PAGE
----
Hand Tools Archive
After the last discussion, I figured that I would go buy a plain bench smoother, cheapest i could find (a millers falls #9 for $11, same as a stanley 4), with a stock chipbreaker and give another whack at only using a double iron smoother (for a project that involved dimensioning some pedestrian cherry boards) so as to get faster at setting it.
I'm pretty pleased with it in cherry, it is as easy to stay out of trouble as it is with my single iron infill (in either direction on the wood - meaning I haven't searched for the grain direction on wood with a resultant gross tearout), and perhaps with an extra 30 seconds to fidget with the iron vs. the infill (including taking the iron apart and finding a screwdriver, etc).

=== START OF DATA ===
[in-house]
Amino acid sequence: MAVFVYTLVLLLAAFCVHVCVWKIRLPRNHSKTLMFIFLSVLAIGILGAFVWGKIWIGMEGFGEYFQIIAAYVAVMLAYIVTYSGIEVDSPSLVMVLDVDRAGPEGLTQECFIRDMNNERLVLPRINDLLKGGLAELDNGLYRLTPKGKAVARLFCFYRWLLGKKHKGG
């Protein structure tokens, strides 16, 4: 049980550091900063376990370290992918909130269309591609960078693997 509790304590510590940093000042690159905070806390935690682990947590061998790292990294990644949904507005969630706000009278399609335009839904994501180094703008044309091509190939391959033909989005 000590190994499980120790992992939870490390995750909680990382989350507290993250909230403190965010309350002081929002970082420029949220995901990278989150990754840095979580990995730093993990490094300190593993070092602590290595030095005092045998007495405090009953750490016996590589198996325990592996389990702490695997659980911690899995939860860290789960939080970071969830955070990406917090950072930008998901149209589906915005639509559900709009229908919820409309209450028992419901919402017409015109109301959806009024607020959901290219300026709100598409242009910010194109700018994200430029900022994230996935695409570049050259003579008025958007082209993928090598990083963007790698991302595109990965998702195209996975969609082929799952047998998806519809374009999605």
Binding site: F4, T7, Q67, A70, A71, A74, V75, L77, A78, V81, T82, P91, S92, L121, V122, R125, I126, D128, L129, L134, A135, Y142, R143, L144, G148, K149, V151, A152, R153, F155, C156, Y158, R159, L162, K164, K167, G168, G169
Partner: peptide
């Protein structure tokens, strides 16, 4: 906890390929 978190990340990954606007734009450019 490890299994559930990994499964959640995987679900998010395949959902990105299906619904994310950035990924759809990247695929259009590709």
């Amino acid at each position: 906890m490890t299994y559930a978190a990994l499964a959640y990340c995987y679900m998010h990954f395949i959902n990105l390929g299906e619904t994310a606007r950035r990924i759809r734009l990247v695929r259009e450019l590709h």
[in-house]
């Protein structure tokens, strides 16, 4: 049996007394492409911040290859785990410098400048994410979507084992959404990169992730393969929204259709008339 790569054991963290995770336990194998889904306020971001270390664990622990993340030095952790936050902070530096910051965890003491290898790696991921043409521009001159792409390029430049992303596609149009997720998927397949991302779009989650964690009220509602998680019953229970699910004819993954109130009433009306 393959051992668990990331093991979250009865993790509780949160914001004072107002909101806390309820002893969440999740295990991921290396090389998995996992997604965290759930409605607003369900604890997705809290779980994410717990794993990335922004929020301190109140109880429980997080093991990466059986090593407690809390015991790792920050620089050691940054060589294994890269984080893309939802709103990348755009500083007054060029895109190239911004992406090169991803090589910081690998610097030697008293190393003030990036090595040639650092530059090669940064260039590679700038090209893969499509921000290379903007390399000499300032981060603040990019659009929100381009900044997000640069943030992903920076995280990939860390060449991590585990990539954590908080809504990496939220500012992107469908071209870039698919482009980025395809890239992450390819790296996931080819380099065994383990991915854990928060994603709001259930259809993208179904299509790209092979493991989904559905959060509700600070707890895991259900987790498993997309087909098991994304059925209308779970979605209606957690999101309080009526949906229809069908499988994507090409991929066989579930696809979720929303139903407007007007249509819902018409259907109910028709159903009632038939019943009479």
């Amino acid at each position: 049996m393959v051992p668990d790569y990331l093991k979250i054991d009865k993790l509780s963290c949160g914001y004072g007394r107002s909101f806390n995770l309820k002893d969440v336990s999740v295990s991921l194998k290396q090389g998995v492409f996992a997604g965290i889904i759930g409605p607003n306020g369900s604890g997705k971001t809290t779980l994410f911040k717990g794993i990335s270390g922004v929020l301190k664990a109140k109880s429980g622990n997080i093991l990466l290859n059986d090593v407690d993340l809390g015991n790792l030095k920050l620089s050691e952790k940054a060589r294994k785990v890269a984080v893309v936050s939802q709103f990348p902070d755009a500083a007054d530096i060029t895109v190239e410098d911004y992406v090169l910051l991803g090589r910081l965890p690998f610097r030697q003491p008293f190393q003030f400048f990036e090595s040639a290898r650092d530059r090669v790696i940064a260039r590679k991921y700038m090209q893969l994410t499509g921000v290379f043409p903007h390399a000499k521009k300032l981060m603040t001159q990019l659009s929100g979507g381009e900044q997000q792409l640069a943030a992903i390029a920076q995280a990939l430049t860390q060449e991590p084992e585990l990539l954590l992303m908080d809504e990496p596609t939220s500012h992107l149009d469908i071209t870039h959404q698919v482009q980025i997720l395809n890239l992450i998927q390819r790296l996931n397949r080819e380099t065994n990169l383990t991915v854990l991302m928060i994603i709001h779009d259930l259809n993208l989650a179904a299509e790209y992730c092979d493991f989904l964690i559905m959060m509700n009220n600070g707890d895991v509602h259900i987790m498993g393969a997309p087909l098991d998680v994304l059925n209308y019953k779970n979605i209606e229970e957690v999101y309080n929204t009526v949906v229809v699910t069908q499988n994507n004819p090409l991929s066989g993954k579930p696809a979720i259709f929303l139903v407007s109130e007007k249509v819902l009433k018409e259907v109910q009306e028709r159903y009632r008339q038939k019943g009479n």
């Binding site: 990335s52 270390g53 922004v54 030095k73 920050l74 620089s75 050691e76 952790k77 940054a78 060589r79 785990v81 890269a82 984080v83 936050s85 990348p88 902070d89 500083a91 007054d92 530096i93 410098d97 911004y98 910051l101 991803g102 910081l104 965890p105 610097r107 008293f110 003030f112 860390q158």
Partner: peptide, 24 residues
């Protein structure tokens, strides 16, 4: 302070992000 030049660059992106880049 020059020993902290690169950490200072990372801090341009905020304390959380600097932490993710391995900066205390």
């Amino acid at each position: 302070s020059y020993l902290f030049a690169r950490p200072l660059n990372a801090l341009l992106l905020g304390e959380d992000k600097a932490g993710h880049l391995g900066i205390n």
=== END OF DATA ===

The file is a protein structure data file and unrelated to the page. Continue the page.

It's not that I'm surprised by the performance, there are plenty of pictures to back up the effect of the second iron properly set, but with the design in general of the basic stanley plane when used with the iron properly set.
The only thing I haven't favored it on so far was a very curly piece of cherry that somehow slipped into my lot. There was no resultant tearout, but a bit rough going where the infill glided through (difference in weight i guess). Same with beech and maple, the infill still works far more nicely in heavier woods.
I am less pleased with late 19th century wooden smoothers, because the ones I have (ohio tool smoothers - admittedly junkers that I purchased to get the irons cheaply) will not feed with the second iron properly set, despite significant work to get the second iron in shape to fit properly.
So I may not have my entire foot in my mouth, but maybe a toe!
(of course, warren, this is directed to you, because most people have said little about double ironed planes, and I have complained a lot in the past about how much of a nuisance it is to set them when you're in a hurry).